Overall, this seems to reflect the issues we've seen related to the increasing use of heterogenous hardware. One of these concerns is that it makes software that takes full advantage of the hardware more difficult to write. Another is that balancing the hardware (in this case, the choice of 10 MB) is a very important decision. This is similar to the issues discussed in (lecture 22, slide 28).
This move to start using all directions sort of reminds me of how Intel moved their transistors to be 3D with FinFET and that significantly helped reduce power usage and allowed space to be better utilized. Looking at the Micron website for the memory cube (http://www.micron.com/products/hybrid-memory-cube) something that really stood out to me was the whole "90% less physical space needed for RDIMMs" and "70% less energy per bit compared to DDR3". In a world where companies get excited for a 10% improvement in something, seeing that the hybrid memory cube is advertising this makes me wonder why it didn't get more hype and make it to market already.
This (data locality) is one of the fundamental principles of Hadoop and its use in Big Data. Of course, as we learned in the previous lecture, forcing data locality (for example, by Hadoop moving all data into HDFS before processing) is not always efficient, especially for graph data. See Hadapt for more information.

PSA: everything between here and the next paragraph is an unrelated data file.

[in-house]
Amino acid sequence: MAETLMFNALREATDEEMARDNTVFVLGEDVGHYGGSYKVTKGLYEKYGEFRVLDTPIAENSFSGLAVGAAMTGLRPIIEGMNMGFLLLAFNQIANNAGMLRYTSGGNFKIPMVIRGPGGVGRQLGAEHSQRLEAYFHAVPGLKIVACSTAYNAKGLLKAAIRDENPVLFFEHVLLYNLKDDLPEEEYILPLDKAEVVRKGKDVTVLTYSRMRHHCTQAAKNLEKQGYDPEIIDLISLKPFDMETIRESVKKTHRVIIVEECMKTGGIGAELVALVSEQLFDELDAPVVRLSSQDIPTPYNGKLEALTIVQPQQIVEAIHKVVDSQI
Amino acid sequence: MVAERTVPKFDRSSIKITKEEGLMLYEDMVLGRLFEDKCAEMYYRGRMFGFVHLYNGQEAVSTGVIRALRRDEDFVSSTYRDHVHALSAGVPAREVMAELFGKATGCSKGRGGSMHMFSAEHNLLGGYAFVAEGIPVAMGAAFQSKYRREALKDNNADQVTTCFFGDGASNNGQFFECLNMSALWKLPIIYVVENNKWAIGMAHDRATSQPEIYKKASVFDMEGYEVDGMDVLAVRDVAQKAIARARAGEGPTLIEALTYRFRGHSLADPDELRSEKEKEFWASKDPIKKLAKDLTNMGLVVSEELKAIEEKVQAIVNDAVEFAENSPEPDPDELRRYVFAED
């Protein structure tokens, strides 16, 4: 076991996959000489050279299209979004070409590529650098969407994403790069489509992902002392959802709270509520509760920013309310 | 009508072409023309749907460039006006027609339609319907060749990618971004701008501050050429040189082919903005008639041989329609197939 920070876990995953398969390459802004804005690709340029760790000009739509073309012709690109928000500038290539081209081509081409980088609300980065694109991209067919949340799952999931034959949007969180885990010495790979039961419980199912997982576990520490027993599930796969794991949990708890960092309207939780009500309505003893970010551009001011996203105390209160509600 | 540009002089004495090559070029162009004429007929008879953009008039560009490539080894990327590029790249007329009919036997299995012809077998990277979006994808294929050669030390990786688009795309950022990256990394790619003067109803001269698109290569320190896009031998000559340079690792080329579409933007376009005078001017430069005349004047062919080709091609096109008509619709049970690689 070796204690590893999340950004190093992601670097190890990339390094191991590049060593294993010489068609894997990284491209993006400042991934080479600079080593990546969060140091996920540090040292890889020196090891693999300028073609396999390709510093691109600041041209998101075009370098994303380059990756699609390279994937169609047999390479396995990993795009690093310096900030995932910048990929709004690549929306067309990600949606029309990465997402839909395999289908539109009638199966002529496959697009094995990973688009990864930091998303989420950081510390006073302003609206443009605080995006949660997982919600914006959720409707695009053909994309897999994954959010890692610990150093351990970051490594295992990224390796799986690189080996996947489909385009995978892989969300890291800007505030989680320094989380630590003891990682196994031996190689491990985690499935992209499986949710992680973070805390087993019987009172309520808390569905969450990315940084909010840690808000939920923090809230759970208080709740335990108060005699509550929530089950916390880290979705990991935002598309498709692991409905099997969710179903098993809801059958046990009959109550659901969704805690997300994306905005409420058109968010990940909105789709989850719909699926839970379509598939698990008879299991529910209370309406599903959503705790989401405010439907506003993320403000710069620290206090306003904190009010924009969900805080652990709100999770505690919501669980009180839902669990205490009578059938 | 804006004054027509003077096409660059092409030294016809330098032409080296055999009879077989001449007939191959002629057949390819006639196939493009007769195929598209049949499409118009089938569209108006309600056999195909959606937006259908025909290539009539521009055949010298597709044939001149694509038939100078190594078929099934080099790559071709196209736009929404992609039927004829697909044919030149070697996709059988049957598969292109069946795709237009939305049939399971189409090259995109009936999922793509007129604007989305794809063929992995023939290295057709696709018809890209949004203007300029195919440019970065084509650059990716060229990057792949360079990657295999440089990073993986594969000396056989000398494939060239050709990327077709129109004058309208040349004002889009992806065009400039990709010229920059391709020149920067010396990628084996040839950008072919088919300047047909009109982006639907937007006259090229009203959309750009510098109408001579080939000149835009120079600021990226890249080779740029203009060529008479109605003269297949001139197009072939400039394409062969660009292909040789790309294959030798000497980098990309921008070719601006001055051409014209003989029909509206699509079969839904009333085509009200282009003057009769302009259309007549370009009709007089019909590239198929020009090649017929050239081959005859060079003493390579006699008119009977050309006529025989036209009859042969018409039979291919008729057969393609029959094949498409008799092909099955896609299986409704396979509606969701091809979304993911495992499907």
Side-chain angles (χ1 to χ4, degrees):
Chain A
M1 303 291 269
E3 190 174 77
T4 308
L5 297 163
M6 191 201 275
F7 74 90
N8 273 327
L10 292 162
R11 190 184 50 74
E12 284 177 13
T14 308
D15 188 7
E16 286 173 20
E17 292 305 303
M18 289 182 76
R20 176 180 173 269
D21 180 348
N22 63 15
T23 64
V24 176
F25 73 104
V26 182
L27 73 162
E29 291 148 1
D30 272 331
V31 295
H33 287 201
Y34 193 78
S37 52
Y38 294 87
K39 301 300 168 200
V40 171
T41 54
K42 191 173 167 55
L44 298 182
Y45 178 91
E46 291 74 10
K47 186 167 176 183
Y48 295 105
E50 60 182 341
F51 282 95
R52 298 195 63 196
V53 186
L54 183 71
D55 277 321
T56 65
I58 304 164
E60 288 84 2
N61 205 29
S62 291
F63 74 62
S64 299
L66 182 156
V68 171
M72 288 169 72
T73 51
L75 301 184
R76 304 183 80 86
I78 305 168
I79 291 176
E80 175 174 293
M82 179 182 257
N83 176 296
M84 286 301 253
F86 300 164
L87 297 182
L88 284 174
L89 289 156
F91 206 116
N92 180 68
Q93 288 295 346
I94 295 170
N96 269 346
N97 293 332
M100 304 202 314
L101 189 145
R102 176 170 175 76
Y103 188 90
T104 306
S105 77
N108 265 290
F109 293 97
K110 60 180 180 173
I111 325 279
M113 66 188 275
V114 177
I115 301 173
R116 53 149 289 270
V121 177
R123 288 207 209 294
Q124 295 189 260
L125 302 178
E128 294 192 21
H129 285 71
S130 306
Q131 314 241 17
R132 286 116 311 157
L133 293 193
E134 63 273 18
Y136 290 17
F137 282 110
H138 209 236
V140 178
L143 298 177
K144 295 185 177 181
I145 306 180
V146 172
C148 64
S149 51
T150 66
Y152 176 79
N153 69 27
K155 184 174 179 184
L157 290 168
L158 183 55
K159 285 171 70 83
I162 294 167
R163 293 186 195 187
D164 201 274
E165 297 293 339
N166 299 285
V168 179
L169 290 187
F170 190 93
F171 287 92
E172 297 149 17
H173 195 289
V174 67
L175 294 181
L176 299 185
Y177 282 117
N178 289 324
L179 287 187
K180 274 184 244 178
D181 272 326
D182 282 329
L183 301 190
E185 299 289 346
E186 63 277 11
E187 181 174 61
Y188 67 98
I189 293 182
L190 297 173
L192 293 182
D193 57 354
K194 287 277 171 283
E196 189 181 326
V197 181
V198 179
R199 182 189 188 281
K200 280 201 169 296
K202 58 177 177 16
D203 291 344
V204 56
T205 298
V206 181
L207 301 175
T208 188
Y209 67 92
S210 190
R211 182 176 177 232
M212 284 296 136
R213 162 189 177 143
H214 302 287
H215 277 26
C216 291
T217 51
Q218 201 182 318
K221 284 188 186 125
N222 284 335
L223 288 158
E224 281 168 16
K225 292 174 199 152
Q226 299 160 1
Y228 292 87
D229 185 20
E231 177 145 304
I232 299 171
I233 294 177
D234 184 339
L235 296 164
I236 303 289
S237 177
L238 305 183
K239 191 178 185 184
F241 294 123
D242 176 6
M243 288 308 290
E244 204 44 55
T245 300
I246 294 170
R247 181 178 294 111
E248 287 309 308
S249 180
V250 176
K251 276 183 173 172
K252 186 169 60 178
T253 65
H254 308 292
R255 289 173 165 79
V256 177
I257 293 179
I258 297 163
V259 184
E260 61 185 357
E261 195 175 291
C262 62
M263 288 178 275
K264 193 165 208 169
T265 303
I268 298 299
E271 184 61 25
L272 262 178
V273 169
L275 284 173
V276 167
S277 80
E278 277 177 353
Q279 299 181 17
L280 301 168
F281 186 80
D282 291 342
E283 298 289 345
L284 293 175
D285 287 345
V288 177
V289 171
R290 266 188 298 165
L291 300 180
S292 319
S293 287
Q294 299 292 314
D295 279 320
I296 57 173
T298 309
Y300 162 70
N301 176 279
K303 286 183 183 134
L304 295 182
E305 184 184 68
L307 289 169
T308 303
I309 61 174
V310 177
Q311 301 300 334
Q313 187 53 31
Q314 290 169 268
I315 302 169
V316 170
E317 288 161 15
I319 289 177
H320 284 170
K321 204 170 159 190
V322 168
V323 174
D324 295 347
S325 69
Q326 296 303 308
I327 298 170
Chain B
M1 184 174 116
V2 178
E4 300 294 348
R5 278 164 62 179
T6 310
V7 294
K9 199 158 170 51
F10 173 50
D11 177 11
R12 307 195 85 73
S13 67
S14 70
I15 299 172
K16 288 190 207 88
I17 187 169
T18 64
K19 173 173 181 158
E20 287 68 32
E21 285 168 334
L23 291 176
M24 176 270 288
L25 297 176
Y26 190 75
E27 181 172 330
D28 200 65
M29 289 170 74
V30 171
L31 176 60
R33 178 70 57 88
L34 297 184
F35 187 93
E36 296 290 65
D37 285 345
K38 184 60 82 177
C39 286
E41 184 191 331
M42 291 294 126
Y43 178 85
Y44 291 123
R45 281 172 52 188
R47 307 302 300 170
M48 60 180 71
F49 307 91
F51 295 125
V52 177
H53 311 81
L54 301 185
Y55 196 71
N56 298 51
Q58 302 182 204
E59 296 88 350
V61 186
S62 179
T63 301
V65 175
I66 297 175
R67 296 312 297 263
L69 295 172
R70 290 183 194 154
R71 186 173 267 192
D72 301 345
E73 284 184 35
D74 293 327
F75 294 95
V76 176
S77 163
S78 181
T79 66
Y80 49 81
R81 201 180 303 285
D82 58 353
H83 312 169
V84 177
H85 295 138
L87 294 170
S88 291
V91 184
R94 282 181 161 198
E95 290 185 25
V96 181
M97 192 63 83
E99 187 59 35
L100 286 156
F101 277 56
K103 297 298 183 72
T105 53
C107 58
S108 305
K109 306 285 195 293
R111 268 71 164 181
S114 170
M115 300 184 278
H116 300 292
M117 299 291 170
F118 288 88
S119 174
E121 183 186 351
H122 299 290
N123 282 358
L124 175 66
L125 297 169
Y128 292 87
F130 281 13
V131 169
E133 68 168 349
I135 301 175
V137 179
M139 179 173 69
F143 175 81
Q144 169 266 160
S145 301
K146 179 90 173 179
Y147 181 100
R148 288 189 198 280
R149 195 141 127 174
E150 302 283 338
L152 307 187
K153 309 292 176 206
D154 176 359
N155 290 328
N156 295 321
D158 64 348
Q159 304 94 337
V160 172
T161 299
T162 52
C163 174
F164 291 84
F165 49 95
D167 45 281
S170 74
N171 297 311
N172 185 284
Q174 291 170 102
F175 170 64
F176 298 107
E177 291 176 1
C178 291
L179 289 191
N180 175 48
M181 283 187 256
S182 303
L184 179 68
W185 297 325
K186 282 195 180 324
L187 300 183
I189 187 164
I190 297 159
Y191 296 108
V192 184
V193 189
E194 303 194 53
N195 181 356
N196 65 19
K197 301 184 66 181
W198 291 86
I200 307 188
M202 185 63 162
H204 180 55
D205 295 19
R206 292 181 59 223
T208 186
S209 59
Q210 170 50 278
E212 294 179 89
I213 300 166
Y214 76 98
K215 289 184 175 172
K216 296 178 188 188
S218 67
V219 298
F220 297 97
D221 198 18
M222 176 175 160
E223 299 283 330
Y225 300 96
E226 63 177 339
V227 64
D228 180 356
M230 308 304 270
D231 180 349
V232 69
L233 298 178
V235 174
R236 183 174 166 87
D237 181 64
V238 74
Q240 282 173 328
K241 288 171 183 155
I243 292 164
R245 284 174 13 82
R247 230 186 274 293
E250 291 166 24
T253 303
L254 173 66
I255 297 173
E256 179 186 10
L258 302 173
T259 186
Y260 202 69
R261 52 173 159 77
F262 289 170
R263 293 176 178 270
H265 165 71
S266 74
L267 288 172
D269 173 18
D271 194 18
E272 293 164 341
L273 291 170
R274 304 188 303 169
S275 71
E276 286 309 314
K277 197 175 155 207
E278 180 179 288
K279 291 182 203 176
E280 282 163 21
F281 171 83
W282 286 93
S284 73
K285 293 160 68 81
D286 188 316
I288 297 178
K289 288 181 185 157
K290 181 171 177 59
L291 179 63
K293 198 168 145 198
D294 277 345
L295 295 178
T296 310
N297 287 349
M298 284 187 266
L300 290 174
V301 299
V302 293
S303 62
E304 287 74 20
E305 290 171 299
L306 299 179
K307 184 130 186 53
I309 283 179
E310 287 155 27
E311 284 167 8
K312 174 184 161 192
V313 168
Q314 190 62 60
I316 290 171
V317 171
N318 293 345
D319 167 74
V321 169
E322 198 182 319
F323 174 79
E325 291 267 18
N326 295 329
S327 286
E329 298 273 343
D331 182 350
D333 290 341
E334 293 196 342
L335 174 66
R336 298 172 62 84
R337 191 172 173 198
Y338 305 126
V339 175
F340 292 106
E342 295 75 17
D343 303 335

In order to access any data in a row in DRAM, that entire row must first be copied to the row buffer before being sent out on the memory bus. The time this takes is directly related to the CAS latency advertised by DRAM manufacturers. Since this is a critical operation, memory controllers try to optimize the fetching of rows by analyzing the pending memory accesses and reordering them.
Here DRAM will save time that data would not move all around the total cache hierarchy. DRAM gives a better way for memory access than cache.
DRAM are made out of capacitors which will naturally loose charge and need to be refreshed( rewritten). The entire row would be copied into the row buffer and rewritten back into the rows. We can exploit this by arrange the pending read/write out of order such that the request with the row currently inside the row buffer can be executed first.
The reason for wanting to perform the copy of the row without the processor is that moving bits is expensive. The application should move less and the system should move more bits more quickly. The cache hierarchy suggests that we don't use these bits as often.
Since there are fewer memory transactions, this scheme could be useful in systems which worry about power consumption. Less data transfer corresponds to less energy needed per data fetch.